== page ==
Life is a confusing mess a lot of the time, and as years build on years, we lose sight of the deeper things. We often think we know what we’re doing and where we’re going, and then, something happens. We realize that the seasons have changed, the tide has shifted, and the time to move is near. Allowing yourself to let go and begin again is always hard, but within the difficulty, you find true growth and freedom.
I first saw Erika Strickland at a Women’s Conference at Bridgeway Church. She was playing the violin on the worship team. It was the evening session, and we were several songs into worship. As the songs continued building and the atmosphere in the room began to shift, it was evident that something was happening in Erika.
You could see her worship with ever-increasing zeal. The hairs on her bow were flying as she played. She was dancing and playing, and before long, she abandoned the violin altogether. Her legs and arms moved with greater magnitude. Her face was full of passion with tears falling, and through mascara-stained cheeks, she sang the words with all-out intensity.
I sat mesmerized by her freedom. I had only ever worshiped like that in the privacy of my living room. It was absolutely breathtaking. The intimacy she showed, the vulnerability she let seep out of her was powerful, and I know I wasn’t the only one crying with her. All around the room, people were worshiping with exuberant joy. I was so moved by her that I began to wonder what on earth was going on inside her heart?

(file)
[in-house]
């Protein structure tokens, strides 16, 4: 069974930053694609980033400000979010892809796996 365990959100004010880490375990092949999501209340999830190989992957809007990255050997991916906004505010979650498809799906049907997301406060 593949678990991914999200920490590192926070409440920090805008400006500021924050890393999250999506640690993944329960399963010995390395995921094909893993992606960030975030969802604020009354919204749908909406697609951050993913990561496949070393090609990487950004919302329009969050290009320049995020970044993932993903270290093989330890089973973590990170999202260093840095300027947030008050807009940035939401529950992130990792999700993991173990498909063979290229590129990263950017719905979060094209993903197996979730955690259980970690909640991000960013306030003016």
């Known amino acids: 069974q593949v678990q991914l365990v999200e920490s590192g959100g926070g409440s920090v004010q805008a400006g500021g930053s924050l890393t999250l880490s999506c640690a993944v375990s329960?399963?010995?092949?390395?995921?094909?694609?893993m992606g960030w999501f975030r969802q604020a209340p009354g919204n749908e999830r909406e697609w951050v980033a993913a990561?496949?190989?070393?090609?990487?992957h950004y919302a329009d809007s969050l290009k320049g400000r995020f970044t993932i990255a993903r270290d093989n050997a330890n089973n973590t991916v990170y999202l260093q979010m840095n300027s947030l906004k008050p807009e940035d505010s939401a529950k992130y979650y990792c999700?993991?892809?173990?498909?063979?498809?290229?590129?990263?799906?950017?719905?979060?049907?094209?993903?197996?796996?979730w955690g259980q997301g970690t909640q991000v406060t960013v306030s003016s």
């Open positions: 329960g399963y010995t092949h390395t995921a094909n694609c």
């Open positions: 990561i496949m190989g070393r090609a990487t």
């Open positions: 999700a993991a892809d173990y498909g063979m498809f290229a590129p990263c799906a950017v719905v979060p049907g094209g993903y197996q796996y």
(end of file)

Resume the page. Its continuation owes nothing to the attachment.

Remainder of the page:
A few weeks passed, and one day, I ran into her in town. We set a time to get coffee because I just had to hear her story.
She grew up in a small town in Iowa. Her childhood was simple. Her father was a church leader, and she was nurtured and brought up in the the body of believers. However, her Christian walk wasn’t filled with spiritual encounters or musings on the miraculous.
She was an adventurous soul with a bright personality, and she had finished her art education degree in college with student teaching in British Columbia. The Lord led her, through peculiar happenings, to join Youth With A Mission (YWAM) in Norway.
She spent the next three years in beautiful Norway beneath culture shock and spiritual oppression which gave way to a heavy cloud of confusion. Negative words were spoken over her early in her journey there, but despite this initial negativity, her time in Norway proved to be life-changing and formational. The relationships created there were powerful and strong. There were beautiful aspects along with the hard parts, and despite all the good, she let the bad take root, rob her of her joy and peace, and transform her into a shell of herself. The joyful spirit and whimsical nature she had easily lived in were hushed and muted by cultural and social expectation and inner confusion.
During these three years, she met her husband, Will. They got married and joined YWAM staff in Denver. The next seven years in full-time ministry were often humbling and stretching. They lived within a narrow window of creativity, functioning with a fog of control that they didn’t fully realize until later.
Hundreds of worship times, schools directed, outreaches led, young people mentored and two kids later they neared the ten-year mark of working in YWAM. She and Will began to sense that God was shutting the door on continuing their commitment to YWAM. They were confused and didn’t exactly know what it meant. As the door closed on YWAM, and with no clear path ahead, God slowly shifted their lives over the next two years.
They sought the Lord for direction, but He continued to leave it open-ended. They could hear the Lord saying, “Where do you want to go?” The freedom the Lord brought was hard to handle, especially because they had lived with such clear direction and obvious next steps for so long.
They began to look within themselves and could hear their Father saying, “I love what you love. I put what you love in you.” With awkward and resistant first steps, they began to walk in this newfound freedom.